30 hours funded childcare – the view from the other side


With the full roll-out of the 30 hours funded childcare offer just weeks away, providers are still trying to work out how to offer it and remain viable, or deciding not to offer it at all. The difficulties this manifesto pledge is causing providers has been well documented and is the subject of the national Champagne Nurseries, Lemonade Funding (CNLF) campaign.

CNLF have long advised that parents are our biggest allies in this. It is parents who, through agreeing to pay additional service charges for all the things that the Government does not intend the funding to cover, will be the difference between survival or closure for some settings.

We are very aware that parents have been promised that these hours are ‘free’ but sadly this just isn’t the case. Parents are finding that settings have had to limit their funded places, or the number of hours that can be taken each day, or, in many cases, that additional services are being charged. However, the vast majority of parent have been extremely supportive and are happy to pay.

One parent, Becks Hudson, says: “It should be simple – Government promises 30 hours free funding, Government pays council money to pass on to nurseries and childminders, early years providers offer free childcare to families. What has actually happened is: Government has no idea how much, per hour, it actually costs to care for a child, it offers far less than it costs, the council then takes a significant cut (without explaining how their cut is spent), the nursery gets passed on what’s left, and generally ends up around £1.50 per hour, per funded child, out of pocket.”

Interestingly, having to pay for something they have been promised for ‘free’ is causing hardly any complaints as parents genuinely do understand our position.

By far the biggest frustration we are hearing of from parents is the difficulty in getting their eligibility codes, the HMRC system has had many technical difficulties and lots of parents still do not have their codes.

The Government estimate that approximately 400,000 children will be eligible for the 30 hours yet, as of 17th July, only 145,000 parents have had their codes. Now, with only 5 weeks to go, parents must get their codes and give them to their providers with a signed declaration. Providers must pass these to the Local Authority who must validate each code and confirm eligibility. It all feels very last minute, especially given that many settings are now closed until September.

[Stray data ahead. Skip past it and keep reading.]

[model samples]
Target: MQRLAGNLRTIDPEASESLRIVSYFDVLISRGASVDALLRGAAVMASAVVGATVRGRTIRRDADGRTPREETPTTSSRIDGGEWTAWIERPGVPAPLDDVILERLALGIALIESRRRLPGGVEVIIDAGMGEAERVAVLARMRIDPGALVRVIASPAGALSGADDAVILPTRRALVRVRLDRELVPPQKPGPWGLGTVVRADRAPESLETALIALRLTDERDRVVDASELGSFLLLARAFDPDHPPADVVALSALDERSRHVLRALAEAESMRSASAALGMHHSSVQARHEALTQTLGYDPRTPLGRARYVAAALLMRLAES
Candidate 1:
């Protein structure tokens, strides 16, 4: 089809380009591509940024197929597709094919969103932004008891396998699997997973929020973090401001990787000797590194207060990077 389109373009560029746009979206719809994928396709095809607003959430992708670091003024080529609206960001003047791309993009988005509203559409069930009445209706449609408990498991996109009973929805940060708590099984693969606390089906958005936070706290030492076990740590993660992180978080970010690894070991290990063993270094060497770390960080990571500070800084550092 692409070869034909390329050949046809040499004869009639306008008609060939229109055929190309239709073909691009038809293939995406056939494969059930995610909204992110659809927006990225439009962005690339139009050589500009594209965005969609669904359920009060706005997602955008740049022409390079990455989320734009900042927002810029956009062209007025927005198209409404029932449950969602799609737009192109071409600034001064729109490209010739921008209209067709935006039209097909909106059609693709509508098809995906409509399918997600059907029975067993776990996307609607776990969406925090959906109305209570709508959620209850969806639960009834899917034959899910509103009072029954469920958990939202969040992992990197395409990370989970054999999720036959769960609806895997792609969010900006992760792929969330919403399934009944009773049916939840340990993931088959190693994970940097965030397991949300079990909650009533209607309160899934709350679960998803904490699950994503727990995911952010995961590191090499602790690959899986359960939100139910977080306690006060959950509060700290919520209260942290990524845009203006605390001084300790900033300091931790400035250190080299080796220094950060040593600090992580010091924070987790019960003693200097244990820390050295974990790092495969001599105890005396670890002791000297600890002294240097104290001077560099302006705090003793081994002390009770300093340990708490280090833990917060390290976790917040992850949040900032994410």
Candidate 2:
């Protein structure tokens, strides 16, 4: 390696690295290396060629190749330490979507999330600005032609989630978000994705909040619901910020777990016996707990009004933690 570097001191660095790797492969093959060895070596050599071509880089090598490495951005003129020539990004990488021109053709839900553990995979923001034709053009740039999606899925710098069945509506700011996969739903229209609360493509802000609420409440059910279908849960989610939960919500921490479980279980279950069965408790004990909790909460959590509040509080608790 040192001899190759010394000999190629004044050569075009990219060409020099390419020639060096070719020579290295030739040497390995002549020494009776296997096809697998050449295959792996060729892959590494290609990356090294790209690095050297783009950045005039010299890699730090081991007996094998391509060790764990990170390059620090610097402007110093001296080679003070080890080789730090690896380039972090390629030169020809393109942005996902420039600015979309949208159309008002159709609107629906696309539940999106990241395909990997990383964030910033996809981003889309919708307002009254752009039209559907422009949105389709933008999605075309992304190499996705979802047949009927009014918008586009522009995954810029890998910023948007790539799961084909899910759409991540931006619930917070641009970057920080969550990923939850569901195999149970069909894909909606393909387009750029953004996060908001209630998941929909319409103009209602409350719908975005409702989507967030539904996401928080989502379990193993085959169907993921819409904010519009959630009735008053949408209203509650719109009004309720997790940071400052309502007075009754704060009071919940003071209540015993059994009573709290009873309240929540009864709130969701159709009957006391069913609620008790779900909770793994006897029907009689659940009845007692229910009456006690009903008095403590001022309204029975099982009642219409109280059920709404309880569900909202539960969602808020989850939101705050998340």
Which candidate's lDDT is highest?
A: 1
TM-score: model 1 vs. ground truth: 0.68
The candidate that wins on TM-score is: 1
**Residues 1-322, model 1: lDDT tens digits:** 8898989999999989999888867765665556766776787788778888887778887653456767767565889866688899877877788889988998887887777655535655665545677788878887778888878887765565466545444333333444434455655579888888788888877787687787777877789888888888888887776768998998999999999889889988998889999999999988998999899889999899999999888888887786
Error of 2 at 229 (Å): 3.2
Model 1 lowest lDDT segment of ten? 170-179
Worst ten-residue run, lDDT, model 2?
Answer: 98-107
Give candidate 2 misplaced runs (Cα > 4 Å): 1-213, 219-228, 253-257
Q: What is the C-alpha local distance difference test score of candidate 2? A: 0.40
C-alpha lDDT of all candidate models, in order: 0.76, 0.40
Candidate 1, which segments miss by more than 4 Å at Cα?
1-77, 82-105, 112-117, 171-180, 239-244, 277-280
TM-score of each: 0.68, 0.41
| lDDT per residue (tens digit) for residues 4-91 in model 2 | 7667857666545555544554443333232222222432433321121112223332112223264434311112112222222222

There are some parents who have found it easy to get a code, as one told us, “It took about 20 minutes, I had all the information I needed and did it when my child was asleep as I needed to concentrate.”

However, far more have told us that it has not been so straightforward: “I have applied three times, it took weeks to get into system due to technical errors on the website, after phoning I was told due to a glitch in system, they would need to post my code and it would be with me in 10 days. Two months later, three phone calls and still no code.”

Another told us: “I have applied for a code but according to HMRC my child does not exist!” and a third said: “Whilst on the page I got a message saying ‘Your application is being considered, we’ll send you a message when we know the result’” over three weeks later they are still waiting.

Providers have been suggesting that parents call the helpline if they are having difficulties, however, that is not straightforward either, as one parent told us: “Their telephone system is awful too – you have to answer loads of questions from a recorded voice before you can speak to an actual person.

Something I hope to never go through again!”

As an early implementer setting, we did not need these eligibility codes. The Local Authority confirmed that the family were eligible and that was it, no codes, no 3 monthly checks and no families fell out of eligibility so there was no grace period needed.